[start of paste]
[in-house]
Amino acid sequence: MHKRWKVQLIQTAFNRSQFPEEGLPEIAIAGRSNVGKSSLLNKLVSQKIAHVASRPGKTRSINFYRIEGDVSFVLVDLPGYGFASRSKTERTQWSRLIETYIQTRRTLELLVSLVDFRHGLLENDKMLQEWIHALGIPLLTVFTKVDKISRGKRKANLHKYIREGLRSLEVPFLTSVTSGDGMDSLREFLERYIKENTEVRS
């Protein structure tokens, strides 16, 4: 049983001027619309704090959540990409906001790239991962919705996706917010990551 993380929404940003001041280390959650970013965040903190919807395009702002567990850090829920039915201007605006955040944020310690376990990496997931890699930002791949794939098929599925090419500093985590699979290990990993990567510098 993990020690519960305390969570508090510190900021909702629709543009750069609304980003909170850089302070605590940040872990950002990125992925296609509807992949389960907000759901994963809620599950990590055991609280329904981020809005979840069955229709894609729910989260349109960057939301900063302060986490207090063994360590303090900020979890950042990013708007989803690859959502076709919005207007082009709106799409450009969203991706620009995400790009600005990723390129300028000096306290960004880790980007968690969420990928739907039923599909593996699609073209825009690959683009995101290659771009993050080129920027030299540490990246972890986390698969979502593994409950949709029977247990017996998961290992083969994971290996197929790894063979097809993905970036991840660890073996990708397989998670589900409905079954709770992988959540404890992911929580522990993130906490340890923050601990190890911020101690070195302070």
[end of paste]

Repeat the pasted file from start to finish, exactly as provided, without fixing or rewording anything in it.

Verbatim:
[in-house]
Amino acid sequence: MHKRWKVQLIQTAFNRSQFPEEGLPEIAIAGRSNVGKSSLLNKLVSQKIAHVASRPGKTRSINFYRIEGDVSFVLVDLPGYGFASRSKTERTQWSRLIETYIQTRRTLELLVSLVDFRHGLLENDKMLQEWIHALGIPLLTVFTKVDKISRGKRKANLHKYIREGLRSLEVPFLTSVTSGDGMDSLREFLERYIKENTEVRS
């Protein structure tokens, strides 16, 4: 049983001027619309704090959540990409906001790239991962919705996706917010990551 993380929404940003001041280390959650970013965040903190919807395009702002567990850090829920039915201007605006955040944020310690376990990496997931890699930002791949794939098929599925090419500093985590699979290990990993990567510098 993990020690519960305390969570508090510190900021909702629709543009750069609304980003909170850089302070605590940040872990950002990125992925296609509807992949389960907000759901994963809620599950990590055991609280329904981020809005979840069955229709894609729910989260349109960057939301900063302060986490207090063994360590303090900020979890950042990013708007989803690859959502076709919005207007082009709106799409450009969203991706620009995400790009600005990723390129300028000096306290960004880790980007968690969420990928739907039923599909593996699609073209825009690959683009995101290659771009993050080129920027030299540490990246972890986390698969979502593994409950949709029977247990017996998961290992083969994971290996197929790894063979097809993905970036991840660890073996990708397989998670589900409905079954709770992988959540404890992911929580522990993130906490340890923050601990190890911020101690070195302070």